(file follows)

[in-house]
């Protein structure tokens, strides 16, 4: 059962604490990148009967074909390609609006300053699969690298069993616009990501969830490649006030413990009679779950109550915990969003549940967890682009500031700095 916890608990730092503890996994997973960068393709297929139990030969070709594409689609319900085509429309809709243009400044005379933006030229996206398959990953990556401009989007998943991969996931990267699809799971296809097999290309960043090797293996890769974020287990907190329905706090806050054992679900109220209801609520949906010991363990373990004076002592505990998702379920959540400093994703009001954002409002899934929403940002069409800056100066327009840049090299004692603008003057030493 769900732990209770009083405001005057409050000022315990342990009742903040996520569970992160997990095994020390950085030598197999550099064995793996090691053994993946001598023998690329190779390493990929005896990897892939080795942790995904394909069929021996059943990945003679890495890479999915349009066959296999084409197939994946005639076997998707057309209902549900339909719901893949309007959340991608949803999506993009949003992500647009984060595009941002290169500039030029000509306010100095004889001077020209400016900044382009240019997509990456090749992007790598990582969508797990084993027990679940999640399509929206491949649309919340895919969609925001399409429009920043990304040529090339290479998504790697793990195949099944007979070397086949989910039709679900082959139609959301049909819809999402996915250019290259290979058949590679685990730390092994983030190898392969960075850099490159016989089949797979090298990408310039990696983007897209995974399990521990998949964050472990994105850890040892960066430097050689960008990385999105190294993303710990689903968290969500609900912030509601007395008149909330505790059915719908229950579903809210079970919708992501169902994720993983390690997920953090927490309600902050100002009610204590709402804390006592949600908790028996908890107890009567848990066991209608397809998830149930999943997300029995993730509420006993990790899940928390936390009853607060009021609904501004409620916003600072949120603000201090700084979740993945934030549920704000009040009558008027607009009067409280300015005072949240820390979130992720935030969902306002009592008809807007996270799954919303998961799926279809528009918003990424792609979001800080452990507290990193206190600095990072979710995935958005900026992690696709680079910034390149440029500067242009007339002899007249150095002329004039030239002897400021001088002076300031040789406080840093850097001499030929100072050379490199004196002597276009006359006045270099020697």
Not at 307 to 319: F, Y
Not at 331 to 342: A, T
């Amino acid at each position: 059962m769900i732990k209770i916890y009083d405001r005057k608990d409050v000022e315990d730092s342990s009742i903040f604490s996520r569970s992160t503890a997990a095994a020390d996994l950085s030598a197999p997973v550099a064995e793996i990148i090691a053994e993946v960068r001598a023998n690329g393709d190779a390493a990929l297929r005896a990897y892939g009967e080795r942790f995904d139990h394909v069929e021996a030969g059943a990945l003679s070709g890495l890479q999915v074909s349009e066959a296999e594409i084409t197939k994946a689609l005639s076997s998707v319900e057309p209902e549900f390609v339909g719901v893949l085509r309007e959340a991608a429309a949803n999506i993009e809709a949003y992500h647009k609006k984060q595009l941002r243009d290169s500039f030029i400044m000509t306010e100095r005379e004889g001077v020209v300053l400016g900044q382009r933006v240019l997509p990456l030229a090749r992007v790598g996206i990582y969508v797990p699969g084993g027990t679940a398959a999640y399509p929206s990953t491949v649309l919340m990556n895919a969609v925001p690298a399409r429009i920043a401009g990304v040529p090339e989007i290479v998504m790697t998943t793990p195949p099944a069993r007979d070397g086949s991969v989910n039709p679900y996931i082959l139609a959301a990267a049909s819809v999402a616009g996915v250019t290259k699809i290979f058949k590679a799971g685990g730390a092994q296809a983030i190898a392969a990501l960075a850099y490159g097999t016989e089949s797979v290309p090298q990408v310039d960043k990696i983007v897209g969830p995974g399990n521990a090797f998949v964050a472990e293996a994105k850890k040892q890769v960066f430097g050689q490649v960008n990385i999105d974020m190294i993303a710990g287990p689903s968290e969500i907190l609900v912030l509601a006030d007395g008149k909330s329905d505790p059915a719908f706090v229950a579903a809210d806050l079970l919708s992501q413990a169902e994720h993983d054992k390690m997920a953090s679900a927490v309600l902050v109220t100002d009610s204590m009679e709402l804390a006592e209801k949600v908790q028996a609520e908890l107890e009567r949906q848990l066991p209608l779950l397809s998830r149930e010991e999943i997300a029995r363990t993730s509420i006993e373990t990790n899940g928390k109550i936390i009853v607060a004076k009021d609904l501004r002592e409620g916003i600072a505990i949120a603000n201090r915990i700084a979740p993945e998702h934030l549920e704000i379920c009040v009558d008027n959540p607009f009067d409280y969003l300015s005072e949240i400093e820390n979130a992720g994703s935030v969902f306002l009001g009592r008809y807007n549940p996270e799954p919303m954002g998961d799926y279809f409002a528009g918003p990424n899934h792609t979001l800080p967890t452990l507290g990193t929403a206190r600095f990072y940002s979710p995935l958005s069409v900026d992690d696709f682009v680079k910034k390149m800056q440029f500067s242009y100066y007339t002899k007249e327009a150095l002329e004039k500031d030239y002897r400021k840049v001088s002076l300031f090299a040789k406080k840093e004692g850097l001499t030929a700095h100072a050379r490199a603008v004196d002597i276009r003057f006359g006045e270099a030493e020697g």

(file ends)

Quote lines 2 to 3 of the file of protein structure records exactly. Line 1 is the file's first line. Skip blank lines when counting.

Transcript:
């Protein structure tokens, strides 16, 4: 059962604490990148009967074909390609609006300053699969690298069993616009990501969830490649006030413990009679779950109550915990969003549940967890682009500031700095 916890608990730092503890996994997973960068393709297929139990030969070709594409689609319900085509429309809709243009400044005379933006030229996206398959990953990556401009989007998943991969996931990267699809799971296809097999290309960043090797293996890769974020287990907190329905706090806050054992679900109220209801609520949906010991363990373990004076002592505990998702379920959540400093994703009001954002409002899934929403940002069409800056100066327009840049090299004692603008003057030493 769900732990209770009083405001005057409050000022315990342990009742903040996520569970992160997990095994020390950085030598197999550099064995793996090691053994993946001598023998690329190779390493990929005896990897892939080795942790995904394909069929021996059943990945003679890495890479999915349009066959296999084409197939994946005639076997998707057309209902549900339909719901893949309007959340991608949803999506993009949003992500647009984060595009941002290169500039030029000509306010100095004889001077020209400016900044382009240019997509990456090749992007790598990582969508797990084993027990679940999640399509929206491949649309919340895919969609925001399409429009920043990304040529090339290479998504790697793990195949099944007979070397086949989910039709679900082959139609959301049909819809999402996915250019290259290979058949590679685990730390092994983030190898392969960075850099490159016989089949797979090298990408310039990696983007897209995974399990521990998949964050472990994105850890040892960066430097050689960008990385999105190294993303710990689903968290969500609900912030509601007395008149909330505790059915719908229950579903809210079970919708992501169902994720993983390690997920953090927490309600902050100002009610204590709402804390006592949600908790028996908890107890009567848990066991209608397809998830149930999943997300029995993730509420006993990790899940928390936390009853607060009021609904501004409620916003600072949120603000201090700084979740993945934030549920704000009040009558008027607009009067409280300015005072949240820390979130992720935030969902306002009592008809807007996270799954919303998961799926279809528009918003990424792609979001800080452990507290990193206190600095990072979710995935958005900026992690696709680079910034390149440029500067242009007339002899007249150095002329004039030239002897400021001088002076300031040789406080840093850097001499030929100072050379490199004196002597276009006359006045270099020697």
Not at 307 to 319: F, Y